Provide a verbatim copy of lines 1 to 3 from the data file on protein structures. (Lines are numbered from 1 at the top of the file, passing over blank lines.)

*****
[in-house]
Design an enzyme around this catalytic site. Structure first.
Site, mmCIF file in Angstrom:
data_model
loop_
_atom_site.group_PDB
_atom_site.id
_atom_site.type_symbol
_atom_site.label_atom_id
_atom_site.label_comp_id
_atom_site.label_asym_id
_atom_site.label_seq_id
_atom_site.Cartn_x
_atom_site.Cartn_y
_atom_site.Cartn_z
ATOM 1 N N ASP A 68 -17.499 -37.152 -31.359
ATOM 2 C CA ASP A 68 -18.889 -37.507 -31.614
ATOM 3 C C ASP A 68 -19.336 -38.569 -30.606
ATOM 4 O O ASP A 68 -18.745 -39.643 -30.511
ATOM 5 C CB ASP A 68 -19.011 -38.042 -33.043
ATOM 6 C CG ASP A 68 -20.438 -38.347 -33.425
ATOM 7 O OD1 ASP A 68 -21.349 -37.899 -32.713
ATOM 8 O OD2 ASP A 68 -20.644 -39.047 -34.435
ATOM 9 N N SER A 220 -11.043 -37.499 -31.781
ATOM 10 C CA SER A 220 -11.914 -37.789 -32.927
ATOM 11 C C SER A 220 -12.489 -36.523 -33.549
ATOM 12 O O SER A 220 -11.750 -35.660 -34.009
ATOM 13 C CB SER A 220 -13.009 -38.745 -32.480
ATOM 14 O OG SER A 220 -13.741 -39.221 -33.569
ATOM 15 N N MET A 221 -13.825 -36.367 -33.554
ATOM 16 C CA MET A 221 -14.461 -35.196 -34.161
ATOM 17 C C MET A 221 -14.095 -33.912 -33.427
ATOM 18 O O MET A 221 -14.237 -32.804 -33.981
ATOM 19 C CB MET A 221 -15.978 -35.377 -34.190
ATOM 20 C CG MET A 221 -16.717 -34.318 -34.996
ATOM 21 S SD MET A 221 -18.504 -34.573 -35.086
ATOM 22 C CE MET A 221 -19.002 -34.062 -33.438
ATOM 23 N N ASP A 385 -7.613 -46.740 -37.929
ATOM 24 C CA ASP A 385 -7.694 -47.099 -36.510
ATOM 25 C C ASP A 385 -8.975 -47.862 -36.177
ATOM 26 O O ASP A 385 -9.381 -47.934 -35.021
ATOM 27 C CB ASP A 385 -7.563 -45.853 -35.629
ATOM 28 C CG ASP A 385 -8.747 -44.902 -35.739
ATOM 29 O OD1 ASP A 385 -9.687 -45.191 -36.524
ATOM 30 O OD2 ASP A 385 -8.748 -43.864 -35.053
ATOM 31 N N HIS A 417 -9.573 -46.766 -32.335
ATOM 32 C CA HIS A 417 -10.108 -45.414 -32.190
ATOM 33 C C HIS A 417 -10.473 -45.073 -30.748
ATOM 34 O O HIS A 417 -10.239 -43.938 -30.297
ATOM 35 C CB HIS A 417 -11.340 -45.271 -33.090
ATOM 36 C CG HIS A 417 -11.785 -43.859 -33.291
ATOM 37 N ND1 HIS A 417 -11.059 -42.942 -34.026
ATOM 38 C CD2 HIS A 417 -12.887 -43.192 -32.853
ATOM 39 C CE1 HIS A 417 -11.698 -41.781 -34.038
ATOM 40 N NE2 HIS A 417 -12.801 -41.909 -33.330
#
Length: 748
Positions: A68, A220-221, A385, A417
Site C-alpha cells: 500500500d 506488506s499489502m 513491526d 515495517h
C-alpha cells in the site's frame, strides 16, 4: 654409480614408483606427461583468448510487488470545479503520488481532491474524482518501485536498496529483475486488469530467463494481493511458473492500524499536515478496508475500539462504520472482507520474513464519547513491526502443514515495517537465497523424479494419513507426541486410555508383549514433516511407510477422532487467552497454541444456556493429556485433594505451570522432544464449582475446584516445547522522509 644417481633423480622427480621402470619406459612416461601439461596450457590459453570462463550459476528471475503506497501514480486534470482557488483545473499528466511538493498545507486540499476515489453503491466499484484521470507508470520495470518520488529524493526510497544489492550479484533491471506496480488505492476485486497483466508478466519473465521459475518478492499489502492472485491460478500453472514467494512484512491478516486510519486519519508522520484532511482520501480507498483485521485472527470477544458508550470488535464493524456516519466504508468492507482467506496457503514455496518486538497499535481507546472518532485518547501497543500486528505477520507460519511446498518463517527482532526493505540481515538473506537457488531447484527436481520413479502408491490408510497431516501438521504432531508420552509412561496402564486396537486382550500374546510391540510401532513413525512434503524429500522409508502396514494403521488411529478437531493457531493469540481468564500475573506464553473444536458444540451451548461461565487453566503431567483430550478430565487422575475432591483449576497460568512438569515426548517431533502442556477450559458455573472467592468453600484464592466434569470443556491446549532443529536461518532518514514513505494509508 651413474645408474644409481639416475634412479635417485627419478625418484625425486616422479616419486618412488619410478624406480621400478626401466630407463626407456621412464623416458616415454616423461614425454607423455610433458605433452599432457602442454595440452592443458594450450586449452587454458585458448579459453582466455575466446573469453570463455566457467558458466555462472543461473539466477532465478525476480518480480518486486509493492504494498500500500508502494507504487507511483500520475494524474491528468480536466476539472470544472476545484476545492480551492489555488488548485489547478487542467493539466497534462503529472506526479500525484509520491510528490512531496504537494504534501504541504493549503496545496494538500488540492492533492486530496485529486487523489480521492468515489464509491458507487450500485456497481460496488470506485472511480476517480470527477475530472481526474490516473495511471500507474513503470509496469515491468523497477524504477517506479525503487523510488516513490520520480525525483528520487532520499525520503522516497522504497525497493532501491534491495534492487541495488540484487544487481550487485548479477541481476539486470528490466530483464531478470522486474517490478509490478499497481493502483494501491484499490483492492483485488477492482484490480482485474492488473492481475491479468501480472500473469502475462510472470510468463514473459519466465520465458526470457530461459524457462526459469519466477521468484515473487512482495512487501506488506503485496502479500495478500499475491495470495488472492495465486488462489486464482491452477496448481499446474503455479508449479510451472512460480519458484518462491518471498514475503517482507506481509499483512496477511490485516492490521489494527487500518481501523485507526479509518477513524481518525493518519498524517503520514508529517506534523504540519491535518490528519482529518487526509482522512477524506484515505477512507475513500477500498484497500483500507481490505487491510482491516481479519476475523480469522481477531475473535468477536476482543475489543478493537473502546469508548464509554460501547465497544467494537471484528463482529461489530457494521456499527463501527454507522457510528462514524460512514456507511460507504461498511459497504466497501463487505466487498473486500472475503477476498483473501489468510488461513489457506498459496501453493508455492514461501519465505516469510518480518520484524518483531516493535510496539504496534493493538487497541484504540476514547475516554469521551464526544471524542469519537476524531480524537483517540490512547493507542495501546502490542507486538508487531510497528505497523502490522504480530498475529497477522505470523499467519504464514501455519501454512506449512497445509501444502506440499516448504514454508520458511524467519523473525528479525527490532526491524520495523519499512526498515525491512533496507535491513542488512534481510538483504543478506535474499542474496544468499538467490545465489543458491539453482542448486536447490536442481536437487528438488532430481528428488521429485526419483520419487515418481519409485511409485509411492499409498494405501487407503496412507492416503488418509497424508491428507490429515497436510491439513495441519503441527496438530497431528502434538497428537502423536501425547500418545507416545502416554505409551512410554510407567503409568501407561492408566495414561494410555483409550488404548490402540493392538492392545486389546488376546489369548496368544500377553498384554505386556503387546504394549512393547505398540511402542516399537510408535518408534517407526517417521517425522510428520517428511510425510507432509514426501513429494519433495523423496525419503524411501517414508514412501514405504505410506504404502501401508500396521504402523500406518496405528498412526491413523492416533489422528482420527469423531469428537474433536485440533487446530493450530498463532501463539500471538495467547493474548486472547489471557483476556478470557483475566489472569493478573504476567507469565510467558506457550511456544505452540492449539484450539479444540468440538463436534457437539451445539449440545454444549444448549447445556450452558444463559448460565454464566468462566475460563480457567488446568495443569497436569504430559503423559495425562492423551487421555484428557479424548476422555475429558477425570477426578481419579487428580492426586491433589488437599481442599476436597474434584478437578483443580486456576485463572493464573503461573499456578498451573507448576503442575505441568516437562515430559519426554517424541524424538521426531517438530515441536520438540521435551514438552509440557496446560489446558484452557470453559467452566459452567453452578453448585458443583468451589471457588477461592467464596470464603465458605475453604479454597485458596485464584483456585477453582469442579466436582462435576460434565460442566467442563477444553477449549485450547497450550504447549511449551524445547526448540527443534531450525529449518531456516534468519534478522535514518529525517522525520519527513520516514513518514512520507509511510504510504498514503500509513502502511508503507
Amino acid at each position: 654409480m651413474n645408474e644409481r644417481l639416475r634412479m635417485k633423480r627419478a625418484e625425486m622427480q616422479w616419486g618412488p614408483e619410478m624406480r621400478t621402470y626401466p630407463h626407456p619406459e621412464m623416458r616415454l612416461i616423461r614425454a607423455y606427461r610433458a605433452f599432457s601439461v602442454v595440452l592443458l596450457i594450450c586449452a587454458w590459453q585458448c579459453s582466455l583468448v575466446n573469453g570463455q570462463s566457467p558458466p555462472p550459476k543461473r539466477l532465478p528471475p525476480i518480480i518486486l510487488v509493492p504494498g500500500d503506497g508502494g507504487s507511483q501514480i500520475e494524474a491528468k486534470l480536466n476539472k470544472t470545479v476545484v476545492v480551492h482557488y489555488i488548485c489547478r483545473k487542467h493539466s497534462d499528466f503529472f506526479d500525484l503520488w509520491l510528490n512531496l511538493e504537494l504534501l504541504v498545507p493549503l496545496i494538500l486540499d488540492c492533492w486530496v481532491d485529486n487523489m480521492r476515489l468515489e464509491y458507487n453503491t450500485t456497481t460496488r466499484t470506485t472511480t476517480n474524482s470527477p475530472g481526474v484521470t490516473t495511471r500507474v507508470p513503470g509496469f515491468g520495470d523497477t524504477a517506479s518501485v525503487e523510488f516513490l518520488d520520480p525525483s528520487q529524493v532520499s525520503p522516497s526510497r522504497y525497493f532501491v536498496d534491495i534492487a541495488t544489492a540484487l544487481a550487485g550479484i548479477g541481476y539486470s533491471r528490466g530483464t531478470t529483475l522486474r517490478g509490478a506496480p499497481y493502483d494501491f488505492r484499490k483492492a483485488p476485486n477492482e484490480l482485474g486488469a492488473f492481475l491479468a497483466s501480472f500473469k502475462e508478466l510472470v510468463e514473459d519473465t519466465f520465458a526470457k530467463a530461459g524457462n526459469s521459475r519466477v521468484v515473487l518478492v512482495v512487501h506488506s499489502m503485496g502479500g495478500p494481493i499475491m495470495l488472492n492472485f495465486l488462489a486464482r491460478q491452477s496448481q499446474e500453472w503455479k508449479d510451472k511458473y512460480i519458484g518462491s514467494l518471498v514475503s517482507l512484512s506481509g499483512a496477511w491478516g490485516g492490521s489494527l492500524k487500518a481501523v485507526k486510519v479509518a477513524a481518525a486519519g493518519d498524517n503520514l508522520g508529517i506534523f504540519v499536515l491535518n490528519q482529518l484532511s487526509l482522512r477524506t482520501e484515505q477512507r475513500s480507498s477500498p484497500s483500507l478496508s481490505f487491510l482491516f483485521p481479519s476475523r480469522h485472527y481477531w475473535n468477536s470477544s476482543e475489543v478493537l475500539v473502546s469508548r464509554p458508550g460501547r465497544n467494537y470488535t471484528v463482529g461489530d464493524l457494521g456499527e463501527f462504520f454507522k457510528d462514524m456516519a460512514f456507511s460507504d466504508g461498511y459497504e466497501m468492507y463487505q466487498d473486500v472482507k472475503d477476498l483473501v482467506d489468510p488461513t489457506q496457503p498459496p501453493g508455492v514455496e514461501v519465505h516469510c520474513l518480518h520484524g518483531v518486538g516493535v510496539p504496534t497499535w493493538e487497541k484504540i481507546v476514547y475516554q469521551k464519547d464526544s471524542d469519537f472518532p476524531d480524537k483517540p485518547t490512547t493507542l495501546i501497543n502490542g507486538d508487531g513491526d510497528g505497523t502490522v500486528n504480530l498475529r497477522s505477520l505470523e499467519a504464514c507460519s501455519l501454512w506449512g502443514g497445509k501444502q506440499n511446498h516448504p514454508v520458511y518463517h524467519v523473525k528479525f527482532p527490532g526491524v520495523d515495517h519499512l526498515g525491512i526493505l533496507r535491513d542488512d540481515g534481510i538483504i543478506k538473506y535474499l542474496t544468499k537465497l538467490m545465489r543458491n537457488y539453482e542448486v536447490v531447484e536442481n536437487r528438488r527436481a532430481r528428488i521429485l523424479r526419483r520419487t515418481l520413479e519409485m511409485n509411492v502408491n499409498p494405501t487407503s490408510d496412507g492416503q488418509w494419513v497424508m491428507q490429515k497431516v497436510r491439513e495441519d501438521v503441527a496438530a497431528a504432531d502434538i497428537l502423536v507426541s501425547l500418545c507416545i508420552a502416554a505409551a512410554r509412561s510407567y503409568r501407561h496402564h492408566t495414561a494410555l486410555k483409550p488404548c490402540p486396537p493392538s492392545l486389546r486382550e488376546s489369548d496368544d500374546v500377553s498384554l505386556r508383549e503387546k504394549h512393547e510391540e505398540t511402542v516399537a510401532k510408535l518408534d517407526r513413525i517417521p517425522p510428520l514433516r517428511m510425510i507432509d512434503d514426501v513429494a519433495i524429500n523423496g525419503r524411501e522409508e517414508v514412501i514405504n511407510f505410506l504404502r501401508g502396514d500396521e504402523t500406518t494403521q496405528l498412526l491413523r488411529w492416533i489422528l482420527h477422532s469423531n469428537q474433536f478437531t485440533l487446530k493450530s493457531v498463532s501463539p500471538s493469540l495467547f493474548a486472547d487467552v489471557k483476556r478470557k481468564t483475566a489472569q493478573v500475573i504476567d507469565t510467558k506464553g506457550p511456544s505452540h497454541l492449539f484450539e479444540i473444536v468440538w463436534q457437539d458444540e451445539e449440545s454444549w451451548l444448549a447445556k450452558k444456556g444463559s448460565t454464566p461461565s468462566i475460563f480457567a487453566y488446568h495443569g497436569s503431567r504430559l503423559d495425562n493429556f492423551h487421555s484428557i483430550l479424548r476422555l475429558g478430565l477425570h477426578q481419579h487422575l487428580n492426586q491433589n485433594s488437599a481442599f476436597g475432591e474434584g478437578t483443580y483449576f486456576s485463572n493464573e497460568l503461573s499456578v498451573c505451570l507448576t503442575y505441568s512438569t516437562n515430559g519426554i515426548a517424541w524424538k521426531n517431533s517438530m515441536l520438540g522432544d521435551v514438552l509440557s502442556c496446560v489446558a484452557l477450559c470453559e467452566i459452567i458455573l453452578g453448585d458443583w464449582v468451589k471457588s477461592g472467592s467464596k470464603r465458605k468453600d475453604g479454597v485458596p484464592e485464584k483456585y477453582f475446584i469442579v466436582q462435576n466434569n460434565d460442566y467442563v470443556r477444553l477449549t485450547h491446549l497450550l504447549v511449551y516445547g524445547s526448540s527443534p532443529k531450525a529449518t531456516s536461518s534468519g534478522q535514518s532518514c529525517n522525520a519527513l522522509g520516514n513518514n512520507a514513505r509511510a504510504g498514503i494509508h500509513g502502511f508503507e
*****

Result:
[in-house]
Design an enzyme around this catalytic site. Structure first.
Site, mmCIF file in Angstrom: